Has Sony Broken Too Many Promises?

by Joshua Williams


The next generation of gaming is underway and Sony has gotten the ball rolling last month with the PS4 pre-veal. Much of the social aspects were to be expected but many of the other new features can really only be taken with a grain of salt. I say this only because we’ve been here time and time again with Sony. They announce something that you get excited for but then the feature never materializes. On top of that, maybe the feature is there and then one day that feature is removed never to be seen again. Not Cool! The following are just a few things Sony promised but never delivered and or took way for various reasons.

PS1 online

Online Connection CD

Playstation 1 Network Adapter

Online searches for any type of PS1 online capabilities will result in very little success. However, I do remember this feature being announced way back in the day. Before you dismiss it as farfetched just remember that the Sega Saturn had the ability to browse the internet in this same era.

Further digging has resulted in the discovery of Lightspan for PS1 which was online enabled educational software. The entire setup required a modem, software on a memory card and a controller port adapter for connecting a keyboard and mouse.

bc ps3

Backwards Compatibility

Missing from this list is anything in regards to the PS2. The most successful platform delivered in so many ways that it was a huge selling point having it’s library supported on the PS3. Then all of a sudden it wasn’t! As the newer models of PS3s rolled out, so went the ability to play games from the old school era. Instead, Sony began to slowly roll out PS1 and PS2 emulation which allowed them to profit by selling us digital copies of games we owned on disc.

So not only were they saving by not adding the PS2 architecture to the new models but they used the opportunity to re-sale titles if we wanted to play them on our PS3s. This was bad Sony, just bad! Not because we didn’t still have PS2s but because we probably gave them to younger relatives. On top of that, we still would’ve bought a PS3 without the promise of backwards compatibility.

Linux

ps3 linux

Some cried, most could care less.

The PS3 had so much going for it early on. The security was sound. A decent library of growing titles. It even had the ability to run Linux…until hackers realized they could hack the system by exploiting the feature. This caused quite an uproar when Sony decided to remove Linux altogether. It was the classic case of one apple ruining the bunch. Sure you could’ve refused to update and kept the ability to run Linux but you’d also miss out on using PSN.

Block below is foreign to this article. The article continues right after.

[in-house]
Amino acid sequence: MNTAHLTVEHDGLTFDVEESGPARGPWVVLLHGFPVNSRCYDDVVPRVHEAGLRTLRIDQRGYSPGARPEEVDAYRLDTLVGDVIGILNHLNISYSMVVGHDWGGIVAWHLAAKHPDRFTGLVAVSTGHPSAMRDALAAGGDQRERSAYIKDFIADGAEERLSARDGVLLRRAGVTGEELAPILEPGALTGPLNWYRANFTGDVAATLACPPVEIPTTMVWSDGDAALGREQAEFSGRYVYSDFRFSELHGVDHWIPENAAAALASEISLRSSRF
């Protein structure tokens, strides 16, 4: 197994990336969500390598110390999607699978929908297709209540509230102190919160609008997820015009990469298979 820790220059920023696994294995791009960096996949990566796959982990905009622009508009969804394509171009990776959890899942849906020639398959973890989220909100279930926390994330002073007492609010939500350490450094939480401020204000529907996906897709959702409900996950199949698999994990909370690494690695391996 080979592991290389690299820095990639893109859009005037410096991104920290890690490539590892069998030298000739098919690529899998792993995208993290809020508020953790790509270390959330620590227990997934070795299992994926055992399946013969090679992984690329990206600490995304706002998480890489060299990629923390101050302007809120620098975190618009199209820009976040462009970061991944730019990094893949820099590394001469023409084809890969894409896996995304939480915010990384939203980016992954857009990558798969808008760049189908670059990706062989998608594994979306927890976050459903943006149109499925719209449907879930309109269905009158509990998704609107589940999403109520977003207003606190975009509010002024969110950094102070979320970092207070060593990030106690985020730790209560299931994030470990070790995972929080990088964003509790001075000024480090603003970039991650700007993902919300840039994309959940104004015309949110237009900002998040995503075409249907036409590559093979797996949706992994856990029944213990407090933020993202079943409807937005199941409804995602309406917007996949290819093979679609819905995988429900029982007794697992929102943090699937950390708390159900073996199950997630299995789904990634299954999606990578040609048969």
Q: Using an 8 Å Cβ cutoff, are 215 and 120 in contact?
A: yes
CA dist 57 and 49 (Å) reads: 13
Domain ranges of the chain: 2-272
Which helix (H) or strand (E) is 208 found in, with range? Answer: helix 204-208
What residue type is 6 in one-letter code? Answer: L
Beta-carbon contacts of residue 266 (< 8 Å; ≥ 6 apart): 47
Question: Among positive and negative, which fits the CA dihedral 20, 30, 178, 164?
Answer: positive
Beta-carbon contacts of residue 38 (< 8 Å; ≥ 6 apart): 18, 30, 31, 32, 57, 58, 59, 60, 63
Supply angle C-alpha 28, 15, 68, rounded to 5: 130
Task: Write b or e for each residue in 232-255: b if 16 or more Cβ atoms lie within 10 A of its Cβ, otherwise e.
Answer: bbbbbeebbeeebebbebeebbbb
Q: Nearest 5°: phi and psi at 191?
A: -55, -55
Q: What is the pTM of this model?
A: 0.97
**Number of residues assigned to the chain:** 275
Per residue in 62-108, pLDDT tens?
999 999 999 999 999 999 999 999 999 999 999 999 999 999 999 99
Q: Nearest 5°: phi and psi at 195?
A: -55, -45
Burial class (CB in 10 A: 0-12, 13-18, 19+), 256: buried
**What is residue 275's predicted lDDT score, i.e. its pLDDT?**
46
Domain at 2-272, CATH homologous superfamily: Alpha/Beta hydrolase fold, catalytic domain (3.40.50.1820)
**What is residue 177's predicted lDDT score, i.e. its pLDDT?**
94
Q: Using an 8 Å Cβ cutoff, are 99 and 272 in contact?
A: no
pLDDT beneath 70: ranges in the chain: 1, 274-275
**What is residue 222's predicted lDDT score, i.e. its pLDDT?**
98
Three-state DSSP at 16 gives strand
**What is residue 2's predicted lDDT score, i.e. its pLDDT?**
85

In the end we all moved on (up until the posting of this article) and put the whole experience behind us. To tell the truth, who really used their PS3 to run Linux? I believe the whole reason Sony made Linux a feature is so that the PS3 could be considered a computer, thereby reducing fees related to exporting.

Vita Promises

Let’s not leave out the little Vita that could! Prior to release it was touted as a workhorse that could deliver the PS1 and PS2 catalog but we’ve only recently been able to see PS1. Then there’s the Remote Play feature that hasn’t quite lived up to expectations but PS4 is now supposed to be the answer to that problem.

PS4 pinky promise

Pinky Promise!

I’m actually having to leave out some things that Sony never delivered because this isn’t a witch hunt, I’ve gotten many hours of enjoyment from their products. The intent is that their history of bait and switch shenanigans is brought to light and perhaps they cut that out. So as more PS4 features are revealed it’s important that you just be looking forward to a new experience. Anything on top of that may require you getting a pinky promise from Sony themselves.

How about you all, what did Sony have you looking forward to but never delivered? Has Sony broken too many promises?

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JoshuaWilliams

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